Dutch Prime Minister Mark Rutte has said the Netherlands is working with several nations, including Australia, to send a military mission to eastern Ukraine. The troops would be on the ground at the crash site of Malaysia Airlines Flight 17 and would number in the several hundreds. A decision about sending this mission will likely be made this weekend.
MH17 crashed in an area of Ukraine controlled by pro-Russian separatists, who control the site and have made the investigation process difficult, at times blocking investigators from entering altogether. There are also reports of the rebels tampering with evidence and looting belongings.
Outside military forces would allow the site to finally be secured and allow investigators to complete their work. Late on Thursday, the Dutch government began the first step towards the military mission, a letter of notification to parliament.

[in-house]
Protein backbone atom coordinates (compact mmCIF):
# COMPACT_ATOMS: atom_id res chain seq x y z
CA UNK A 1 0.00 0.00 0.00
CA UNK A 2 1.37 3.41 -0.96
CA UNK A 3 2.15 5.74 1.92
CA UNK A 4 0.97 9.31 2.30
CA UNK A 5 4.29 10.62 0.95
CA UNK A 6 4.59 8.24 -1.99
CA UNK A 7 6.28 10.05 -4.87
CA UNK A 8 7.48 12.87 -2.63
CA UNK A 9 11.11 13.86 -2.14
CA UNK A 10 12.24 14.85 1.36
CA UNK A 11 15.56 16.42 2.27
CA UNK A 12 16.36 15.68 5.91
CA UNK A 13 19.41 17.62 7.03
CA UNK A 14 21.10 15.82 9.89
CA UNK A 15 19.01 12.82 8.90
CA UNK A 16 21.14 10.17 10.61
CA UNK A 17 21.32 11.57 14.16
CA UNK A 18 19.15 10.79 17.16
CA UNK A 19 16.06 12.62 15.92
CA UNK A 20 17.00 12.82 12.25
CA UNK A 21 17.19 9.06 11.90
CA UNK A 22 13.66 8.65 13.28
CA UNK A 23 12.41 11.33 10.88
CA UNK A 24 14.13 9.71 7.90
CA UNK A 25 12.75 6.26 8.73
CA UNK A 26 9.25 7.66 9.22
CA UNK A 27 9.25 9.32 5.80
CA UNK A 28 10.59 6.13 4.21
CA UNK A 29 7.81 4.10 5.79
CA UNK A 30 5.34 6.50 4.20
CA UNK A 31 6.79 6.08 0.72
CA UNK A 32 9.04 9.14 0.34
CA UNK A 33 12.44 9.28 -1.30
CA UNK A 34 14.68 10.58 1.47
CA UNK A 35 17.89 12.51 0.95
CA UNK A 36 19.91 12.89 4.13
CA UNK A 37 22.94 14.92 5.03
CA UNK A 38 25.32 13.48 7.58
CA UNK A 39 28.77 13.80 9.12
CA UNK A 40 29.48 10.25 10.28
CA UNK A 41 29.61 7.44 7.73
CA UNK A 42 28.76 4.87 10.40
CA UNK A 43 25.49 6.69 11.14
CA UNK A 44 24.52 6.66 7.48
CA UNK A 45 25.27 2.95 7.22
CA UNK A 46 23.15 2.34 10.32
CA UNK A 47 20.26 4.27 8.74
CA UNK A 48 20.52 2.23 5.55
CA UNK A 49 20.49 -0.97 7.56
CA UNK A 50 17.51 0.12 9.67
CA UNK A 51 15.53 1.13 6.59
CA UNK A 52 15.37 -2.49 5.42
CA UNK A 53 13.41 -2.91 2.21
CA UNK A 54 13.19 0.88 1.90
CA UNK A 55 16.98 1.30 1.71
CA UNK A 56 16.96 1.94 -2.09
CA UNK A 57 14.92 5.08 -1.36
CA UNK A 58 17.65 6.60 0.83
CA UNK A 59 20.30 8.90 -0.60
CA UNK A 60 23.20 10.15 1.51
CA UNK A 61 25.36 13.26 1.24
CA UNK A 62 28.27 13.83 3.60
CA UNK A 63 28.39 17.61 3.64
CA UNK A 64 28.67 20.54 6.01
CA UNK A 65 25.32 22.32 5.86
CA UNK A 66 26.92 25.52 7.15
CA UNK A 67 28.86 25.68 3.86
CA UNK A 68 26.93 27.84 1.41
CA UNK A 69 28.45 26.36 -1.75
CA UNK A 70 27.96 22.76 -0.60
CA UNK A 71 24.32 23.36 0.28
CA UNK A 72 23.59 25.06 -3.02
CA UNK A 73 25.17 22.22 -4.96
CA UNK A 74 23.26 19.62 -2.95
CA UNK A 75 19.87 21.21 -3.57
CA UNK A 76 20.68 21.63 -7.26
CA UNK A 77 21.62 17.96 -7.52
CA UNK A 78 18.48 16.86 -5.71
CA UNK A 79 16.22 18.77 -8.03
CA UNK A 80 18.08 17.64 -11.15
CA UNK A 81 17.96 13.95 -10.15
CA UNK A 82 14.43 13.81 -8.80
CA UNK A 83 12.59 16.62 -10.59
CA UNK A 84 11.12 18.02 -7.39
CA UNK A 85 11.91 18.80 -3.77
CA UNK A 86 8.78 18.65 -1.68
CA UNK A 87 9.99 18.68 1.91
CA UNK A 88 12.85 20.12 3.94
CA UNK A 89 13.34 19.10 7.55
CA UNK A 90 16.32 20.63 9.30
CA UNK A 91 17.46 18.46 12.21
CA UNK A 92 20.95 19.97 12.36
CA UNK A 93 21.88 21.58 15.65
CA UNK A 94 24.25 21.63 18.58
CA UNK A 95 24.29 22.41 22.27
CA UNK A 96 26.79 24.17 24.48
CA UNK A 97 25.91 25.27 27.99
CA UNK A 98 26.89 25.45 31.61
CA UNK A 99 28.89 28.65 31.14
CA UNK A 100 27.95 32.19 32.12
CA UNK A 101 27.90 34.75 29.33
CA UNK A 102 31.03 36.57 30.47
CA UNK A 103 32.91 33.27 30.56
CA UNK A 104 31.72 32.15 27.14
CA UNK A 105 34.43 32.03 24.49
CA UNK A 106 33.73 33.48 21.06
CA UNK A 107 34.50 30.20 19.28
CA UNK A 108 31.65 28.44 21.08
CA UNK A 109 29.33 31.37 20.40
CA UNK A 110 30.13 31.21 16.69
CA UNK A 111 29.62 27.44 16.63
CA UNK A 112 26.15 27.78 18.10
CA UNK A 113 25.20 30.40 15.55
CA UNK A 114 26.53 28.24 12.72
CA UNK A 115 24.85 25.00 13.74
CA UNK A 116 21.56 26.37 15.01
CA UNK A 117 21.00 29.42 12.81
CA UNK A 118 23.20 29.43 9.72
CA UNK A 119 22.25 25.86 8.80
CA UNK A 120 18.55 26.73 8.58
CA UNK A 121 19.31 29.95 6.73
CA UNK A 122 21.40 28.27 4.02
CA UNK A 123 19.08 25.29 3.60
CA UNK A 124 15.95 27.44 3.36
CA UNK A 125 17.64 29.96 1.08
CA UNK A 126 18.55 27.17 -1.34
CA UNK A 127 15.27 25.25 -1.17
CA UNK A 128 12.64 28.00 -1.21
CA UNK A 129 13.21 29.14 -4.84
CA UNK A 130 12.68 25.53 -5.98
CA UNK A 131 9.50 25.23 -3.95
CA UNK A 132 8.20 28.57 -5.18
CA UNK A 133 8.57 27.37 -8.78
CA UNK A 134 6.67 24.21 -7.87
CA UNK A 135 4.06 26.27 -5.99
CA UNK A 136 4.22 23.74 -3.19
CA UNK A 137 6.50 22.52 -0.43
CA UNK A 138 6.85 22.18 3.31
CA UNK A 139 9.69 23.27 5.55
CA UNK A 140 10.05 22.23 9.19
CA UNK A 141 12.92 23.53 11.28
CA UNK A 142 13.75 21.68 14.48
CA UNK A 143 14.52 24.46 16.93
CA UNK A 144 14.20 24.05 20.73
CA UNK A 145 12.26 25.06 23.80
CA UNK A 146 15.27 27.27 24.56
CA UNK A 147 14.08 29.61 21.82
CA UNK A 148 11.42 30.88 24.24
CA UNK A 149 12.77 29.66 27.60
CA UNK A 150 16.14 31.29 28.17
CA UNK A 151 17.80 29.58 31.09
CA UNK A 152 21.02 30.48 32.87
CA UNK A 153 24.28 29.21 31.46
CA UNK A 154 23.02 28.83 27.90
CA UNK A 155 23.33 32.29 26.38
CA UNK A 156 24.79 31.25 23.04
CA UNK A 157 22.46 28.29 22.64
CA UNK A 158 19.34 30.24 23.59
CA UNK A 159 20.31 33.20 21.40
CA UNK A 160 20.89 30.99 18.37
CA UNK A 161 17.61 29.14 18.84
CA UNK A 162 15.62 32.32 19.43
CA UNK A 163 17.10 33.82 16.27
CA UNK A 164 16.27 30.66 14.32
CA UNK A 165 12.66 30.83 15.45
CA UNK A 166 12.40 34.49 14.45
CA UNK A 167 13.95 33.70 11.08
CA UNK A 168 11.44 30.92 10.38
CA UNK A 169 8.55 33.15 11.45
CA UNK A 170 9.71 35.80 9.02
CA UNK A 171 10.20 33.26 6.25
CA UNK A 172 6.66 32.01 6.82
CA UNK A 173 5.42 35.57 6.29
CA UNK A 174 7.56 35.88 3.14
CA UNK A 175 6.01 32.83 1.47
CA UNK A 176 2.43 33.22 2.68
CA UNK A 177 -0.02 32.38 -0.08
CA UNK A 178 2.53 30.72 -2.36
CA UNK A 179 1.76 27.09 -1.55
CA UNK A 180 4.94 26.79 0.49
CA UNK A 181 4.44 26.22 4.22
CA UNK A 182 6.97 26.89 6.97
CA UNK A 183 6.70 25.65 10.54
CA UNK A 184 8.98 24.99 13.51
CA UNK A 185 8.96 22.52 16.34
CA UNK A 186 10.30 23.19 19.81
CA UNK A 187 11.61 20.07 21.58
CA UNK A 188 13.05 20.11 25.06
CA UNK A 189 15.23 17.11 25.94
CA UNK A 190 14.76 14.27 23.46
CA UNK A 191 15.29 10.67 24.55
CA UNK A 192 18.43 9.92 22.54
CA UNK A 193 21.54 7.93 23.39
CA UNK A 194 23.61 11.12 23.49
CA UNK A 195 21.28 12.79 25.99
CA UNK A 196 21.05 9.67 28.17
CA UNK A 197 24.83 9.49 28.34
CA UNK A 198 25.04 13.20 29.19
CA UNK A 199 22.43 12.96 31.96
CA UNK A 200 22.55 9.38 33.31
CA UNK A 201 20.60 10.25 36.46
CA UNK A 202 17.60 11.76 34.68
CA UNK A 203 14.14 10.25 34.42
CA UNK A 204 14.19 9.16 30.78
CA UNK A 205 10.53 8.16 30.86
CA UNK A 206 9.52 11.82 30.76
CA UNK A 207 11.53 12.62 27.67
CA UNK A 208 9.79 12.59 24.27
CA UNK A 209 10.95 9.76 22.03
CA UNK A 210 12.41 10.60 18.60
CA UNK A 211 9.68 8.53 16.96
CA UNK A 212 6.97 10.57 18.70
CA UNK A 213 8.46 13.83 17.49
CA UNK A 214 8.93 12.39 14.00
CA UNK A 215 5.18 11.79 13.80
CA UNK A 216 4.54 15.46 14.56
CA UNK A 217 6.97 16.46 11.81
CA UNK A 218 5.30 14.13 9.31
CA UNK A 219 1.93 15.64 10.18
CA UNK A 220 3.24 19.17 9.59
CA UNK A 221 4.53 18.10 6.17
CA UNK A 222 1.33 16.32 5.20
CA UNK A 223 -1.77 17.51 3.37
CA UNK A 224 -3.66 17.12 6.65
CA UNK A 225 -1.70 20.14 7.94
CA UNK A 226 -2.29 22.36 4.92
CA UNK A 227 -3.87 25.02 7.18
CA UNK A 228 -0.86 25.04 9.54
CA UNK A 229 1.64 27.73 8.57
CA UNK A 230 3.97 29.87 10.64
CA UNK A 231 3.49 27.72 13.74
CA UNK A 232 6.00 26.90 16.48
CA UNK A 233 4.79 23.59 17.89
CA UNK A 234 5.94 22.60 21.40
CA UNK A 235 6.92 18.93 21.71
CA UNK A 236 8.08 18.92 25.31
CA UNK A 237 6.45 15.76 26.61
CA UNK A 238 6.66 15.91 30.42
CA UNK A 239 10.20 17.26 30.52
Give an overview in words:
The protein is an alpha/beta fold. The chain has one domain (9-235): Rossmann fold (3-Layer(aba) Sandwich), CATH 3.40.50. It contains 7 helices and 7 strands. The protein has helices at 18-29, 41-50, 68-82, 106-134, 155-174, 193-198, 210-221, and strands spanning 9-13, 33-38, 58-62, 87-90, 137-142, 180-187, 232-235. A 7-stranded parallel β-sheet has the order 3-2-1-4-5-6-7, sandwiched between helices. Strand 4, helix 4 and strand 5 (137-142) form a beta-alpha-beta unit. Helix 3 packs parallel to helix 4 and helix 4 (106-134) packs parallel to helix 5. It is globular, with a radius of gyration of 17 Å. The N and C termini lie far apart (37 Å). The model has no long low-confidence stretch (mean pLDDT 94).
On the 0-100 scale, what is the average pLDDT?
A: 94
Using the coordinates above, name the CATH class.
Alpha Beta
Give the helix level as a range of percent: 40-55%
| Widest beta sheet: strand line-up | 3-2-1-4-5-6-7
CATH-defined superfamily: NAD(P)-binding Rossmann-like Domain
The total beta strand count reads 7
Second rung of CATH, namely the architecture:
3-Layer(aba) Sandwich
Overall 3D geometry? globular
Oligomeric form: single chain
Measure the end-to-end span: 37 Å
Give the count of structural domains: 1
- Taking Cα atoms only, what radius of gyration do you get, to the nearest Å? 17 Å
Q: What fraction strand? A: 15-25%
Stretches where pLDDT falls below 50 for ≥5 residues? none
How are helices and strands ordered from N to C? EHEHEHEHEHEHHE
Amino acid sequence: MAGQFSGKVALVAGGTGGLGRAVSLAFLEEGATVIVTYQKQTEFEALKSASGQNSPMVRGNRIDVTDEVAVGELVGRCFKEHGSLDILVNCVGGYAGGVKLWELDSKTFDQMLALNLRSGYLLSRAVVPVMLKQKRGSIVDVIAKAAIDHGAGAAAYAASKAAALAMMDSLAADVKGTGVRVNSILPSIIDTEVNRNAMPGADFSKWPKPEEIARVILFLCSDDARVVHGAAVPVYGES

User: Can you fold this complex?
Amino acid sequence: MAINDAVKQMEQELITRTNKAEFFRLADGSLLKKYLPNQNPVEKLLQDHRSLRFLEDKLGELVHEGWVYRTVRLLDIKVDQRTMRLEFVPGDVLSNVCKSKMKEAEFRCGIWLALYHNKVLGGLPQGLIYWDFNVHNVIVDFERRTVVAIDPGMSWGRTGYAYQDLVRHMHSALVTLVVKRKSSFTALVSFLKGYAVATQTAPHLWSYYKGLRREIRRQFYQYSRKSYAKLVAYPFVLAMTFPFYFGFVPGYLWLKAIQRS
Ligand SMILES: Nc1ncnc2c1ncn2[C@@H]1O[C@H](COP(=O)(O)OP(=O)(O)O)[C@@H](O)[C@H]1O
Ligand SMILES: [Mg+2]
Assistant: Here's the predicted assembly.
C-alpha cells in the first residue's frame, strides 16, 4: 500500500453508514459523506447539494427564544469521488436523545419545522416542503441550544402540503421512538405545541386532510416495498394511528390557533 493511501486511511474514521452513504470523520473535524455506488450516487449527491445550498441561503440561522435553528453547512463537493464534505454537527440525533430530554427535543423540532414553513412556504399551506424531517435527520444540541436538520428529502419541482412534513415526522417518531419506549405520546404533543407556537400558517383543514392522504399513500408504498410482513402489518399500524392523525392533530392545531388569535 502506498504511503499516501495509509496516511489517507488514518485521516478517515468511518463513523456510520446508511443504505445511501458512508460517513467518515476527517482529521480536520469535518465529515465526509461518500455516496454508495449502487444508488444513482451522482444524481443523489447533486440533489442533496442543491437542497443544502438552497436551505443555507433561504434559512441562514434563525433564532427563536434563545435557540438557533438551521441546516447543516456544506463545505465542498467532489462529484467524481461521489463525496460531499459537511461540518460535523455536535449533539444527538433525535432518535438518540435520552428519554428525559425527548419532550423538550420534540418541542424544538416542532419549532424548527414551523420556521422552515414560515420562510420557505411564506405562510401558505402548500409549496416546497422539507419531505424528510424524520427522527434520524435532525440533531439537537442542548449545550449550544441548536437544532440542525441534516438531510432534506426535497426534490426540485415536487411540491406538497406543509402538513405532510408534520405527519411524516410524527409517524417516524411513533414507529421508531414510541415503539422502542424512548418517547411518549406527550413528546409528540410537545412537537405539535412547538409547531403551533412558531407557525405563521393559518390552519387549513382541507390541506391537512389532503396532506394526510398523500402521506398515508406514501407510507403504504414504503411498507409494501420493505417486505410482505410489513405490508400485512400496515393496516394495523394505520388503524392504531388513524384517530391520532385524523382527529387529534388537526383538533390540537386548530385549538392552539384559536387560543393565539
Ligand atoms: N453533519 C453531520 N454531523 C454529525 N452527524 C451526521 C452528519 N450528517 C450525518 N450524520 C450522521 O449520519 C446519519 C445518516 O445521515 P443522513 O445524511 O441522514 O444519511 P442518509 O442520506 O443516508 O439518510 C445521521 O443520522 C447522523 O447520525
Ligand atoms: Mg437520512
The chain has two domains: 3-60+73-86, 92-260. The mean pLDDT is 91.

Rutte did note that the mission must proceed carefully, as both Russia and the pro-Russian separatists could view the outside soldiers as hostile. "We must weigh the geopolitical ramifications. You can't be active there when the Russians don't agree."
Currently, both the Netherlands and Australia have prepared policemen to visit the scene, though they will be unarmed.
This article is from the archive of our partner The Wire.
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